The Central Bank left its key short-term rates unchanged on Tuesday, signalling that it was business as usual on the interest rate front.
The overnight repurchase rate (repo rate) was kept at 7.0 percent and the reverse repurchase rate (reverse repo) at 8.50 percent, the bank said in a statement following its monthly Monetary Policy Meeting late Monday.rn
rnThe bond market was divided late Monday, whether the bank should lower its rates, considering the current political impasse.rn
rnThe bank has maintained it soft interest bias right throughout the crisis and has met market players to assure them that there would not be a change in its borrowing programme.rn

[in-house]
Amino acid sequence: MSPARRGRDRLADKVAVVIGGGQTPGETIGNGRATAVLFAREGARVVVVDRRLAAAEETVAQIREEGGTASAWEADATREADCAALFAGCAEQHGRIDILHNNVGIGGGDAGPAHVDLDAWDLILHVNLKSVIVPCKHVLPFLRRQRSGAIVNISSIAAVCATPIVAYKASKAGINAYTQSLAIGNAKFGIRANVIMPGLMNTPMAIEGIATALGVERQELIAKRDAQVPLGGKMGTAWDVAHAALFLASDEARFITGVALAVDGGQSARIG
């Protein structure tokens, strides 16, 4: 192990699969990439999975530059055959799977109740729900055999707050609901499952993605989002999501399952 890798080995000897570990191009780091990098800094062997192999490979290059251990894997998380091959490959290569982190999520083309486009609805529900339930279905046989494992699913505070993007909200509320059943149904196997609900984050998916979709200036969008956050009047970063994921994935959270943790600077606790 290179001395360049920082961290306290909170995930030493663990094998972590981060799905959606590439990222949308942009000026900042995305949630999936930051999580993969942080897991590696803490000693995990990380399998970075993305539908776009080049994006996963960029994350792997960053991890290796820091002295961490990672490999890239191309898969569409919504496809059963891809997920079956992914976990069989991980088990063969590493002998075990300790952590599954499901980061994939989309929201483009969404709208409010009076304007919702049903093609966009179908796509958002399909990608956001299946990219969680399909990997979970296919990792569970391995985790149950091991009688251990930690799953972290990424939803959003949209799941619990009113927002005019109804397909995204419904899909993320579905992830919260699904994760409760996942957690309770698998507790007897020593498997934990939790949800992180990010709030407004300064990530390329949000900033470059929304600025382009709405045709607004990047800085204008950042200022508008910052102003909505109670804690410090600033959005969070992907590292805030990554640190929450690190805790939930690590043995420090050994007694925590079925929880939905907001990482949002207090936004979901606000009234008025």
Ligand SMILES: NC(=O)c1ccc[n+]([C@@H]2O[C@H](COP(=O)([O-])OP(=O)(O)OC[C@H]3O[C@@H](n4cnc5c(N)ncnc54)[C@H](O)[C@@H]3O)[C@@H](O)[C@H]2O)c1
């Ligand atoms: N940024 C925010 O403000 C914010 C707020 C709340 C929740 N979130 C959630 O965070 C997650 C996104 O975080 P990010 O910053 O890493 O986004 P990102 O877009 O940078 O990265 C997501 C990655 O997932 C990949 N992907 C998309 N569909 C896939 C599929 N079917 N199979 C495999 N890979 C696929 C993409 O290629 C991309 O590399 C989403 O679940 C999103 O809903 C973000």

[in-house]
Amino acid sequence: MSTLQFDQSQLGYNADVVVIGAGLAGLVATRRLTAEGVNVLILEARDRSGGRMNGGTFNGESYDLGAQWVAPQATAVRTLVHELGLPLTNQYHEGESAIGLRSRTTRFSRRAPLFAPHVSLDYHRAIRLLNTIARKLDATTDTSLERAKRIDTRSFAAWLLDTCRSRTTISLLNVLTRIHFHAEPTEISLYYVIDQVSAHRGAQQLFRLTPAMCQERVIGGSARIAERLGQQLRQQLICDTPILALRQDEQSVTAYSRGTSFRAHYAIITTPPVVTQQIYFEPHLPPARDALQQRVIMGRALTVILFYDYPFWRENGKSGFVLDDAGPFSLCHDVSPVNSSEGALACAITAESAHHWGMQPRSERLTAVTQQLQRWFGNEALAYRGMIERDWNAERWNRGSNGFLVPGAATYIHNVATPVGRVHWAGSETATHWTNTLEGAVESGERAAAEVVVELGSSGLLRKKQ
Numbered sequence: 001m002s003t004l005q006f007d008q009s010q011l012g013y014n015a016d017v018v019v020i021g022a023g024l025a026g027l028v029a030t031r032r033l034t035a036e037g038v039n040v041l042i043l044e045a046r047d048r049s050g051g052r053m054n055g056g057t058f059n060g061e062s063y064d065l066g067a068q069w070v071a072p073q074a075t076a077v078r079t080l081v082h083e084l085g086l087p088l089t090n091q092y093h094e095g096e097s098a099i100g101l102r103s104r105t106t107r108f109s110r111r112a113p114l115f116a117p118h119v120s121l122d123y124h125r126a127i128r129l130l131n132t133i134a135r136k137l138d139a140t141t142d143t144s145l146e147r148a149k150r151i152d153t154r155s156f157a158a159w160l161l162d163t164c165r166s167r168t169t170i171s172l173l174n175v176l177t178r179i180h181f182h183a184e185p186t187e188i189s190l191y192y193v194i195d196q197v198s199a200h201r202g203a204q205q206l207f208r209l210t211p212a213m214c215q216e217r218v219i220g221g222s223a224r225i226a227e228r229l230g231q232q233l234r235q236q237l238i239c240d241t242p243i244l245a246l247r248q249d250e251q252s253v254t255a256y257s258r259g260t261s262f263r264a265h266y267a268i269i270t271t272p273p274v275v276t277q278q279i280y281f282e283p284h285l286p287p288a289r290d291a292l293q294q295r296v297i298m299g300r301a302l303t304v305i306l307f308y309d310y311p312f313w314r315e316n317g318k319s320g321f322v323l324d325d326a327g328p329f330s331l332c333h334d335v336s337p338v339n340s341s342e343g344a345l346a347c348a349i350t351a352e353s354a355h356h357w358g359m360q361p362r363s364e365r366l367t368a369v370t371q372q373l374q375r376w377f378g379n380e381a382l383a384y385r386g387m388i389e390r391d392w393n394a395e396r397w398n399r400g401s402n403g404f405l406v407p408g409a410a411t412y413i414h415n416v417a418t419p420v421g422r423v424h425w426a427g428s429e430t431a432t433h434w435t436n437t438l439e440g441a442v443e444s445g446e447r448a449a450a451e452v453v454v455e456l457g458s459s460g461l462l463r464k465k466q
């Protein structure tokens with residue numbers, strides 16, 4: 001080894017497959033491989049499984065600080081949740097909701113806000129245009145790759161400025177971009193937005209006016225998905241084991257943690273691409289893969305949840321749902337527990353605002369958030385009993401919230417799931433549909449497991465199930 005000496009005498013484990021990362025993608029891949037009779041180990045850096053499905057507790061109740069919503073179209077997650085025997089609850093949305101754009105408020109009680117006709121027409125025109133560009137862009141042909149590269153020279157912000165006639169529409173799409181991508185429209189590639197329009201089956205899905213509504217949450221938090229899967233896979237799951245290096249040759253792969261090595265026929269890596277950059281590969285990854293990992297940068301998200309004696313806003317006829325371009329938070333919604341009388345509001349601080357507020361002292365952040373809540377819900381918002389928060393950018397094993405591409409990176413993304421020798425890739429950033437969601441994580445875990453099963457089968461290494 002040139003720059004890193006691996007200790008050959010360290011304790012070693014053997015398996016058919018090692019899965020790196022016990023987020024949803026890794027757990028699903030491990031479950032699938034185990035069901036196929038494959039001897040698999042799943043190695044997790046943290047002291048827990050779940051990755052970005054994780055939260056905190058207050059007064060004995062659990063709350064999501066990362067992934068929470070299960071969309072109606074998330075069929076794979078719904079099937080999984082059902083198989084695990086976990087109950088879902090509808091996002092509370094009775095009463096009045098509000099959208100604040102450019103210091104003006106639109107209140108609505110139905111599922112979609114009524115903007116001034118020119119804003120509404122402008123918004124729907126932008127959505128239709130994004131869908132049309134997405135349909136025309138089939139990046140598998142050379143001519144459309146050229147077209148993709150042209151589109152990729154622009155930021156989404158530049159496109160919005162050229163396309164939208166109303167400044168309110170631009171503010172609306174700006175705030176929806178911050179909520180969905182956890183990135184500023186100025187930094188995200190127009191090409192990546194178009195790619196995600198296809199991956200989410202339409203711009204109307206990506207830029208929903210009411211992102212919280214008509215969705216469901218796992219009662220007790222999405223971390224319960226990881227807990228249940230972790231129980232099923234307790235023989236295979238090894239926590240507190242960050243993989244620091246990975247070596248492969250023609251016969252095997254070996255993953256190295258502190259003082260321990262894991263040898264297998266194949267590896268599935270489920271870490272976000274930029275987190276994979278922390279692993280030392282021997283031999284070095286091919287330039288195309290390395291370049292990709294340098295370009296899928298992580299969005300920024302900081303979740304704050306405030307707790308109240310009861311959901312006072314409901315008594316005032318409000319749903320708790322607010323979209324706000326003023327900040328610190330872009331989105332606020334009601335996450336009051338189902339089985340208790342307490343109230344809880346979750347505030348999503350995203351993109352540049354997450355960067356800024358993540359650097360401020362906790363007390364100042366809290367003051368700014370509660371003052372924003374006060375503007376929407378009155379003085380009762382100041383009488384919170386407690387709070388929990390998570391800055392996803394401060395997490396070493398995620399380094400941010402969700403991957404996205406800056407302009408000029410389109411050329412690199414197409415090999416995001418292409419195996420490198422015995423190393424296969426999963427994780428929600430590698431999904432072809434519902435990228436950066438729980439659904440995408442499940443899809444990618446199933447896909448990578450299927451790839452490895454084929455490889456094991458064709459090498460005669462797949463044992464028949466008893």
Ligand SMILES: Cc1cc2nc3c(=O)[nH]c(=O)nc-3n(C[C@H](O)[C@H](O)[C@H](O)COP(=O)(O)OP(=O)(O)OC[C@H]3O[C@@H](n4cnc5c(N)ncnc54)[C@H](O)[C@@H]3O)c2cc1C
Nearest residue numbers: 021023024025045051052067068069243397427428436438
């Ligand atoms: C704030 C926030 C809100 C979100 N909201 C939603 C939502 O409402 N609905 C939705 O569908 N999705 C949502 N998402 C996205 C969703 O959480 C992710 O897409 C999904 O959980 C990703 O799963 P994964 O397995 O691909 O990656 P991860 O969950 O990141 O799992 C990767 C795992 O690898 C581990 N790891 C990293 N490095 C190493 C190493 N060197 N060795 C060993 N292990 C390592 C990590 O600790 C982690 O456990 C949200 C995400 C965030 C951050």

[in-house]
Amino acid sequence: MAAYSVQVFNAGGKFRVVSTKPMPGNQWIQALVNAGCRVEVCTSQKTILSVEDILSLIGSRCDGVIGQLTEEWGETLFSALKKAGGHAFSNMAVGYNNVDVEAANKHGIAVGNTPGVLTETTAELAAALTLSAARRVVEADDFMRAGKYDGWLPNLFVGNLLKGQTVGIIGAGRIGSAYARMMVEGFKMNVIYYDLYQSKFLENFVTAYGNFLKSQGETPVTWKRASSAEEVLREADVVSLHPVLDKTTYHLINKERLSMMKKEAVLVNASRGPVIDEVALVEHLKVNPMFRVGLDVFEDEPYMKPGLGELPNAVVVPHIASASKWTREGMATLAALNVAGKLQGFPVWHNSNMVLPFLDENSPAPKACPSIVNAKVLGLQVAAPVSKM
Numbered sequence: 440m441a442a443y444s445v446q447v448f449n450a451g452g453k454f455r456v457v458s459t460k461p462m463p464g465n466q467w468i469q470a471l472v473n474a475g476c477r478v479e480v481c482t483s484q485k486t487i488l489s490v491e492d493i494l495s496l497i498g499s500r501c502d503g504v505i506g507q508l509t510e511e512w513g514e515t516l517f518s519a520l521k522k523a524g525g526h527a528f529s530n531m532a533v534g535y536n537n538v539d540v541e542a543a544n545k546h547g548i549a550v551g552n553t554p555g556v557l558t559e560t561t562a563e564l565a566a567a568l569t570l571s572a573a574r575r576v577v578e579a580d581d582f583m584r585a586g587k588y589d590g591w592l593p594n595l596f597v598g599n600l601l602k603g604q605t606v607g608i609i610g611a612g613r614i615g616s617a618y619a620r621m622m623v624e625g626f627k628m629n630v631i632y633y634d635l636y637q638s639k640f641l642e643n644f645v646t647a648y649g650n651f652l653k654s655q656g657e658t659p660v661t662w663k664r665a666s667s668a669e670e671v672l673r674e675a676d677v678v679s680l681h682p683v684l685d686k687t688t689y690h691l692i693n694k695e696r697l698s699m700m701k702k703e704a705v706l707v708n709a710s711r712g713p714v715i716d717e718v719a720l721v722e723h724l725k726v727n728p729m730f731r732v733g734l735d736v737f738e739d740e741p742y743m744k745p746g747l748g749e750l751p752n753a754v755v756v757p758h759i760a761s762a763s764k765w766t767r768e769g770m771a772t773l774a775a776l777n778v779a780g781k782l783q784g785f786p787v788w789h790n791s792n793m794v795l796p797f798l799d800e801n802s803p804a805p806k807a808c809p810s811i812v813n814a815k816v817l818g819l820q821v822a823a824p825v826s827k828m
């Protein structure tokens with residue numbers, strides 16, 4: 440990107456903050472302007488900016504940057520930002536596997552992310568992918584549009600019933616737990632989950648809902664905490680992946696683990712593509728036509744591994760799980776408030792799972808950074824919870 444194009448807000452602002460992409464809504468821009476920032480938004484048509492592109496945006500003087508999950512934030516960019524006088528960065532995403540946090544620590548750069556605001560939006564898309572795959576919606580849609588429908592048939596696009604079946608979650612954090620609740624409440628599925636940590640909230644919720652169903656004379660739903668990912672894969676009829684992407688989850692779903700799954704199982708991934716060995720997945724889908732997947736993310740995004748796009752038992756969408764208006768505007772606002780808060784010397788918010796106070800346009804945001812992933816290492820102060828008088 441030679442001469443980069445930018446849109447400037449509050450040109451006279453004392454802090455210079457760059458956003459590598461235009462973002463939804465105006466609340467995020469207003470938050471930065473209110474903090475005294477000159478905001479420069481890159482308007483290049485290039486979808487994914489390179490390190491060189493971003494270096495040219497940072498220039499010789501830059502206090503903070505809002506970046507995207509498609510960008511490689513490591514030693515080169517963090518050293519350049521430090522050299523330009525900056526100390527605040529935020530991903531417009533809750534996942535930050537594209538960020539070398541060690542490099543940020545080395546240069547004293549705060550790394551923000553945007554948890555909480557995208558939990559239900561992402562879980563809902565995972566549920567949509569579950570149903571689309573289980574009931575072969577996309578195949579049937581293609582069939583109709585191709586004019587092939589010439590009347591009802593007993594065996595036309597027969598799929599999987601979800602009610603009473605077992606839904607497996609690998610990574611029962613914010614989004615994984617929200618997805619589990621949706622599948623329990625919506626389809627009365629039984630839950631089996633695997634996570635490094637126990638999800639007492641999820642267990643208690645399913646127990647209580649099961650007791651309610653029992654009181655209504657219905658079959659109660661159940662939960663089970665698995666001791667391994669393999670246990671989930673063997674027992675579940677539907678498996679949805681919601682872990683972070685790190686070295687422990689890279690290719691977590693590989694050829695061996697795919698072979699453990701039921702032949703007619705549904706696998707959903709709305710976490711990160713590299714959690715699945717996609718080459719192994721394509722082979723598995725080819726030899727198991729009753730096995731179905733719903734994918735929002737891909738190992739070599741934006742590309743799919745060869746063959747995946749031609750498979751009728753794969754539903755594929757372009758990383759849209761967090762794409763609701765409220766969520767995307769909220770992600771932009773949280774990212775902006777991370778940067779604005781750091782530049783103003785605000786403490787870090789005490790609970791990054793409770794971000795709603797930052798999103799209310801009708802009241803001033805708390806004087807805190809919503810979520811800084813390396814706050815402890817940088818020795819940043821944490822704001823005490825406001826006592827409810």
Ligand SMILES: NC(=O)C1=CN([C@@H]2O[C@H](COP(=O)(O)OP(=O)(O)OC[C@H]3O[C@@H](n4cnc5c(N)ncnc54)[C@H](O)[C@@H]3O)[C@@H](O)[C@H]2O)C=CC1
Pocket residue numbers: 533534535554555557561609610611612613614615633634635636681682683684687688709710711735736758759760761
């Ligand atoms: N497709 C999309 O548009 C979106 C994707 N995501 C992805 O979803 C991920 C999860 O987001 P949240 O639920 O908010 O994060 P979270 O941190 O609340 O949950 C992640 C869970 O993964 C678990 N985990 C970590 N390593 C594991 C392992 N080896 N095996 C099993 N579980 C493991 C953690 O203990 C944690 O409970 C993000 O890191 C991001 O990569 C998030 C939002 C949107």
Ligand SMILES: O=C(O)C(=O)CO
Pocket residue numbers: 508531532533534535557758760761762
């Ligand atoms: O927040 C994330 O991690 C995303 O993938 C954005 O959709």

rnThe reverse repo-rate is the rate at which primary dealers in treasury bills and commercial banks can obtain overnight funds from the Central Bank by pledging their treasury bill/bond holdings as collateral. rn
rnThe repo-rate is the key benchmark, which sets the floor in the overnight call money market, as it enables lenders to invest excess funds in treasury bills and bonds held by the Central Bank (i.e. at near zero risk).
It is also the Central Banks main instrument of signalling the expected direction of overall interest rates to the marketrn